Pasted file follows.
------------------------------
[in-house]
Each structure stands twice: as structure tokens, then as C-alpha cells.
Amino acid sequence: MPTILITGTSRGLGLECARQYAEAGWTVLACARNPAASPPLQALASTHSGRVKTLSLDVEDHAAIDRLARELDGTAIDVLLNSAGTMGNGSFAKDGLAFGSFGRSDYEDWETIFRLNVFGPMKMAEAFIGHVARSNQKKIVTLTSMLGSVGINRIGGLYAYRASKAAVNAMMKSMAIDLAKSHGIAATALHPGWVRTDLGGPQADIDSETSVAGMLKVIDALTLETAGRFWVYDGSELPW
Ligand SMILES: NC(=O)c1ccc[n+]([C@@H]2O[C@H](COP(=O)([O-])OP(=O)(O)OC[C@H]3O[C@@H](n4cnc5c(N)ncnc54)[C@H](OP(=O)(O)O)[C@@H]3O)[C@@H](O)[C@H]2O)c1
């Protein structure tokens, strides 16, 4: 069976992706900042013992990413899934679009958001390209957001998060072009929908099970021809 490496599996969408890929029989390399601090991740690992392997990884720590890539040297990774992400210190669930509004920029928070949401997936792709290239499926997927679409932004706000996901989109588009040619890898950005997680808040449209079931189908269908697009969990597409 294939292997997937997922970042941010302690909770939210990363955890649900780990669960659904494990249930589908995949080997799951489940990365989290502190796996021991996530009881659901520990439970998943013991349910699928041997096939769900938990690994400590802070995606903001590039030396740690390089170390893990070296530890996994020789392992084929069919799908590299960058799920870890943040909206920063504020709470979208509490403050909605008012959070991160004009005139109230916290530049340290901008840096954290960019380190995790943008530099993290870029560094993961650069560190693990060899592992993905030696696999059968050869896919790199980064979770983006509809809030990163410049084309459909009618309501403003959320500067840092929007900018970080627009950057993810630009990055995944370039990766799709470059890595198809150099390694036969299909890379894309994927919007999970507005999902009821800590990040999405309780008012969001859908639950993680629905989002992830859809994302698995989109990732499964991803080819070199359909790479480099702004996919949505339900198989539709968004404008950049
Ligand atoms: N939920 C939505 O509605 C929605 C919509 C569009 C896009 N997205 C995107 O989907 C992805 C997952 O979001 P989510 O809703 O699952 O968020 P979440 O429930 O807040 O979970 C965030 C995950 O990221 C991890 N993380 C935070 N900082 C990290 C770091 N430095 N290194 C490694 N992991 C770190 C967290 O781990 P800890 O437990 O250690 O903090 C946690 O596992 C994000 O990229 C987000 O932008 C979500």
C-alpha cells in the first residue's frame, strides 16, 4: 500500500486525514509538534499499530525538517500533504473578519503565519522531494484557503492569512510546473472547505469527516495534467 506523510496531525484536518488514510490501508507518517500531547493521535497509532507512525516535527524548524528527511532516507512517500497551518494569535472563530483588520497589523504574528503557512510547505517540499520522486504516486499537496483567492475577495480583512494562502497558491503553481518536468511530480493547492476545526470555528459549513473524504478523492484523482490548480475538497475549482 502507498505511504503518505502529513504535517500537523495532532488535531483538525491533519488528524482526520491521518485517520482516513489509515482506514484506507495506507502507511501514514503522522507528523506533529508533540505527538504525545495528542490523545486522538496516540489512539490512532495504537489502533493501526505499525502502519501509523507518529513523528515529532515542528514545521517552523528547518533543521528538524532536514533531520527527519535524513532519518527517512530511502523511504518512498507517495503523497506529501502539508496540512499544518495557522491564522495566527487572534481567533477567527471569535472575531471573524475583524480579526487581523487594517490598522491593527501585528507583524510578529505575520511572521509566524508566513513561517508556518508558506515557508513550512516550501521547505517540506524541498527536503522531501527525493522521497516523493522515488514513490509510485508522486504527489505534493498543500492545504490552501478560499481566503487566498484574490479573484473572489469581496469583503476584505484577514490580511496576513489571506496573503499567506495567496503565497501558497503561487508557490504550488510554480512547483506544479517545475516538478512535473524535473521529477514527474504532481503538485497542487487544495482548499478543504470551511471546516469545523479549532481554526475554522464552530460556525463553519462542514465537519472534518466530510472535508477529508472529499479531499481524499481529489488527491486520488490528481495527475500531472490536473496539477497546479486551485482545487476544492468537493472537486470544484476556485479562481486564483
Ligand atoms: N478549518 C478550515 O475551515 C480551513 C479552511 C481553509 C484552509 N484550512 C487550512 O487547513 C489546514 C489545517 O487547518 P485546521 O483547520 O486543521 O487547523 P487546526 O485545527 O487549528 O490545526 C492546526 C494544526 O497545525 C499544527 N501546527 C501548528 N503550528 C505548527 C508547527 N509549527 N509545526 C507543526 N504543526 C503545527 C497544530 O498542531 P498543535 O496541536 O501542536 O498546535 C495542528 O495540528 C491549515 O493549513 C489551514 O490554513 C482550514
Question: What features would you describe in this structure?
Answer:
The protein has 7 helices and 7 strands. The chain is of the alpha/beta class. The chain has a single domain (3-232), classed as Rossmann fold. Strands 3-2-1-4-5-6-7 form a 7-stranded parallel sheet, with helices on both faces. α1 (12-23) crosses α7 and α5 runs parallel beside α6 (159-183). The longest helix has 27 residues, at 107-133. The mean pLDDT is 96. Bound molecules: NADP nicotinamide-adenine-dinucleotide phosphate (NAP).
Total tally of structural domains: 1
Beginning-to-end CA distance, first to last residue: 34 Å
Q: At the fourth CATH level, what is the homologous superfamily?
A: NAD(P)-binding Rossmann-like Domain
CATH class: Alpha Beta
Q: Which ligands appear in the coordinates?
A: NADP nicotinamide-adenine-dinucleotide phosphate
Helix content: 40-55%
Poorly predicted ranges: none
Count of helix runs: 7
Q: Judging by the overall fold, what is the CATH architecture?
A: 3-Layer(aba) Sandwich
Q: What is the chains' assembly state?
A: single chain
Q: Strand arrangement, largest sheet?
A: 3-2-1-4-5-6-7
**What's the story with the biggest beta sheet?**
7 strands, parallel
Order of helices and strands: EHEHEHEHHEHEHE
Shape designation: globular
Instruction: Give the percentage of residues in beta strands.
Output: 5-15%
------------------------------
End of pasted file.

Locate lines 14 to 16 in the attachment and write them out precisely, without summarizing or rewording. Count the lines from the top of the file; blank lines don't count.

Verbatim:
Q: At the fourth CATH level, what is the homologous superfamily?
A: NAD(P)-binding Rossmann-like Domain
CATH class: Alpha Beta